Case studies

Methodology

The case studies focus on 3 CFUGs representing 3 different geographic regions: the Mid Hill region, the Churiya (Siwalik ranges), and the Terai (lowlands in the Indo-Gangetic plain in Southern Nepal; see Figure 1). Semi-structured interviews, observations, a review of user group records, focus group discussions, informal discussions, and key informant surveys were carried out to collect information. The principle of triangulation was applied to verify the information. The aim of the case studies was to analyze various institutional arrangements developed by CFUGs in order to implement CF programs successfully.

Malati Women CFUG

The Malati community forest is located in Bhakduwa Village Development Committee (VDC; the lowest level political body, of which there are about 4000 in Nepal), ward number 7 of Saptari District in the Eastern Development Region (Nepal is divided into 5 development regions and 75 districts). It covers an area of 80 ha. The forest is predominantly covered by sal (Shorea robusta) at the pole development stage. A total of 113 households are users of the forest. The users were migrants who chose livestock keeping as a main source of income.

The community forest is divided into small parcels and each parcel with ground identification is handed over to a member of the user group. The owner is responsible for its protection and carries out limited management activities. Responsibility for the production, management, and utilization of green grass, fuel-wood from branches and twigs, and regeneration protection falls to each individual. Individuals can reap the benefits from the allocated plot regardless of any time limit. However, the management of timber is the responsibility of the user group. Moreover, the plot owner can sell use rights to his/her allocated plot to other members of the community. In all these activities, the user group carries out monitoring activities.

Bharkhore CFUG

The Bharkhore forest is located in Siwalaya VDC, ward number 1 of Parbat District in the Western Development Region. All the households in ward number 1 and one household from ward number 3 of Siwalaya VDC are recognized as users. The main occupation of the users is subsistence agriculture. There are 116 households with a total population of 675, and the group is ethnically and economically heterogeneous. The forest of the Bharkhore CFUG covers an area of 57.5 ha. The forest is on the top of the hill slopes and settlements are scattered around.

The forest is predominantly sal forest. A forest guardian is appointed by the CFUG and is a wage-earner. Assemblies take all forest management decisions, which are then implemented collectively with a high level of participation. Forest products are divided into portions equal to the number of households and shared equally among households. The user group retains monitoring responsibility. The user group charges a small amount of money for major forest products such as firewood and timber. Other products such as non-timber forest products (NTFPs), grasses, leaf litter, and jhikra (dry and small branches used as firewood) are free of charge.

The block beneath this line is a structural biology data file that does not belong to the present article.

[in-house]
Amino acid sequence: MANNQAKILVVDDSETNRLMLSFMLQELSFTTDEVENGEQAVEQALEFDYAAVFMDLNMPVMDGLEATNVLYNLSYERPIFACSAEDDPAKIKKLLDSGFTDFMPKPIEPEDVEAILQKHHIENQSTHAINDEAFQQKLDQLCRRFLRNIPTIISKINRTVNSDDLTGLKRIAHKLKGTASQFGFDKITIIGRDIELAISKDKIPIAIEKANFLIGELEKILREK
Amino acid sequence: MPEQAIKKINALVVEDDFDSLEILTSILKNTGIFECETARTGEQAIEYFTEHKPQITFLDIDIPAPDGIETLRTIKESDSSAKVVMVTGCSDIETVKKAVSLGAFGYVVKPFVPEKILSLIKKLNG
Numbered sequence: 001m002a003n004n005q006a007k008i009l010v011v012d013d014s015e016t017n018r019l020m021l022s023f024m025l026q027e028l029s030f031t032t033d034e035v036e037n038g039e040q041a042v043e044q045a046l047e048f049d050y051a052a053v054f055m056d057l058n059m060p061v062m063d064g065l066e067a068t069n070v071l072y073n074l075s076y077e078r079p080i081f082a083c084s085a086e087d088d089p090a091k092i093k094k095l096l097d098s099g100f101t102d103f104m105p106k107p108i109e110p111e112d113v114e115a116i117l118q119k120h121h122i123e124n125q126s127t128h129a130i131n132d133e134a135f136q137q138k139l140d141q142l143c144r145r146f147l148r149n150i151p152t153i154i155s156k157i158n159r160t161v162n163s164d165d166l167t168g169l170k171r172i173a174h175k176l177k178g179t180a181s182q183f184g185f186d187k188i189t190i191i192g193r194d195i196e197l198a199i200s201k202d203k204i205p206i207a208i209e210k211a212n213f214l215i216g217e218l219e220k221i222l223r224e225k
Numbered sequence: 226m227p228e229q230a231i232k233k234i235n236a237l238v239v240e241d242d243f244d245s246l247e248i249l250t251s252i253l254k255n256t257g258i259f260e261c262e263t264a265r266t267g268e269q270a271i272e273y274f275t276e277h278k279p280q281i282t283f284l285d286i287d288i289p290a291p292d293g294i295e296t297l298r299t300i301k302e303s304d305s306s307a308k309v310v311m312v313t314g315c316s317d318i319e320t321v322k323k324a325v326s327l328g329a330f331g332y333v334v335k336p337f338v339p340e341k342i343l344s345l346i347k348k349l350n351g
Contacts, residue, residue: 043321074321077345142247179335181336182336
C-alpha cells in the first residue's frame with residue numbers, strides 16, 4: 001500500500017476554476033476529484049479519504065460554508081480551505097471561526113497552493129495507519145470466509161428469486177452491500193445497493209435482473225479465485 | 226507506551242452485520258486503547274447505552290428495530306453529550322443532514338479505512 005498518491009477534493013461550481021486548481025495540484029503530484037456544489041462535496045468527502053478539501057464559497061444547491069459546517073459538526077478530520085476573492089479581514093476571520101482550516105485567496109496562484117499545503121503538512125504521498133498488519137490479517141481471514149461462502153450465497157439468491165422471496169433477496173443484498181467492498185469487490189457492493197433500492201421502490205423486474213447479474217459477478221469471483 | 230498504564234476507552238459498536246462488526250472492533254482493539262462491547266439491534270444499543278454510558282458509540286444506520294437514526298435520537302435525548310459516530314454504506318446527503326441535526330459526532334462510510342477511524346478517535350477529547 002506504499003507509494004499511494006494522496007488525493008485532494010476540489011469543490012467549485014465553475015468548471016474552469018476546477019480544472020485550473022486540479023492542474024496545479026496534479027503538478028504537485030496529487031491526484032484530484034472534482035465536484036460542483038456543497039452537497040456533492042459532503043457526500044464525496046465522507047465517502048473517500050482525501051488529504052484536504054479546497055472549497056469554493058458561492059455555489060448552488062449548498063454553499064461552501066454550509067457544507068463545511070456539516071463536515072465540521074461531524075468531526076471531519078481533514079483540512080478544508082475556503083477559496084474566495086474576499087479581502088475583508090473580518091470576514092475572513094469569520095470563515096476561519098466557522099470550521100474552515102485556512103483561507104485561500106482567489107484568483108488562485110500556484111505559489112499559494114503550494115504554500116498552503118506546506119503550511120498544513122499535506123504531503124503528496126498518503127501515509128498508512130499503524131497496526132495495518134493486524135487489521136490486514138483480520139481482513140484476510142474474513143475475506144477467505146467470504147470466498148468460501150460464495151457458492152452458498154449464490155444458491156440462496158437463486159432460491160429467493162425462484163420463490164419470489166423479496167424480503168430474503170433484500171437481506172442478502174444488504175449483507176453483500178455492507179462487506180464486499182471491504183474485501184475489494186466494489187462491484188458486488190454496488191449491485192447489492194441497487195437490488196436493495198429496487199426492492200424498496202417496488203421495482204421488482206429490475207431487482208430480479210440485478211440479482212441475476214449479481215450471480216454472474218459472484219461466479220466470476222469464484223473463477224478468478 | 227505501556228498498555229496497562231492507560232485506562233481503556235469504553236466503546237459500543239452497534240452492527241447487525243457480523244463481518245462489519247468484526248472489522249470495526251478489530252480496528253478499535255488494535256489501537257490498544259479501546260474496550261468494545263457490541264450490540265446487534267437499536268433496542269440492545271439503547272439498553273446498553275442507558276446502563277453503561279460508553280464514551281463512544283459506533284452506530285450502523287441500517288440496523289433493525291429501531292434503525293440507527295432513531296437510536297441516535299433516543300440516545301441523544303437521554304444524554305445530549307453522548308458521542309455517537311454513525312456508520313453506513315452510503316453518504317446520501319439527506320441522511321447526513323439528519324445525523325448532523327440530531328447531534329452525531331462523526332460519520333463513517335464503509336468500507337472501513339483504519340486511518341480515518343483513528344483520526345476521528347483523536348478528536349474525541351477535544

Shankarnagar CFUG

The CFUG is located in Shankarnagar VDC of Rupandehi District (Terai) in the Western Development Region. The forest was handed over as a community forest in 1989 and was the first CFUG in the district. The CFUG includes all 1889 households from Shankarnagar VDC, with a total population of 8500 users. High-input diversified agriculture and employment due to nearby market opportunities are the main sources of livelihood.

The forest covers an area of 549 ha predominantly occupied by sal. Of the 17-member CFUGC, a committee chairperson, vice-chairperson, and treasurer are elected or selected among the users: 9 members (1 from each ward) are selected and the chairman among the users nominates the remaining 5 members. The chairman is the most influential position. The users delegate their authority to the committee and the chairman. The CFUGC takes all forest and resource management decisions. The committee decides on harvesting, management, and distribution mechanisms, and hires wage laborers to carry out these operations. The committee members are responsible for monitoring these activities, for which they are paid. Once the harvested forest products reach the depot, they are ready for selling. Users, based on their requirements and purchase capacity, buy the forest products.

Types of institutional arrangement

The 3 case studies presented above indicate the existence of various types of institutional arrangement within a single national community forestry framework. The legal framework provides a mechanism only for collective arrangements. However, the CFUGs have developed various alternative options suitable to their specific local situation.

Private institutional arrangement

The first case study from Malati CFUG illustrates how the collective system was locally modified to accommodate the allocation of limited use rights to individual members. With the increased shortage of grass to feed livestock, the members began to explore the potential of grass production in their community forest. This exploration ultimately led to the fragmentation of the forest area and the allocation of plots to individual households for grass production with specific responsibilities. This system is based on the traditional agro-forestry system in Nepal. The individual plot owner is free to manage the allocated plot at his/her own convenience and discretion. The owner has the right to decide what types of tree or grass need to be produced, as long as this is consistent with the OP. In this system, the understorey is considered the private property of individual users where management decisions are concerned. This practice has also been followed in neighboring CFUGs, for example Raktamala in Saptari District and Janacahana in Rautahat District.

Collective institutional arrangement

Bharkhore CFUG is working effectively based on the principle of collective action. This is the most common practice in the Mid Hills of Nepal. There is a high level of social cohesion consolidated by kinship. Each household takes part in decision-making and implementation in collectively agreed time and space. There is a high recognition of women, in addition to the involvement of members of the poor and occupational castes in decision-making processes. In this system, forest products flow to individual users as common property. The activities of Bharkhore CFUG are being replicated by neighboring CFUGs (especially in the Dhaulagiri area) and in action research aiming at better management of community forests in other, similar areas (DFRS 2003).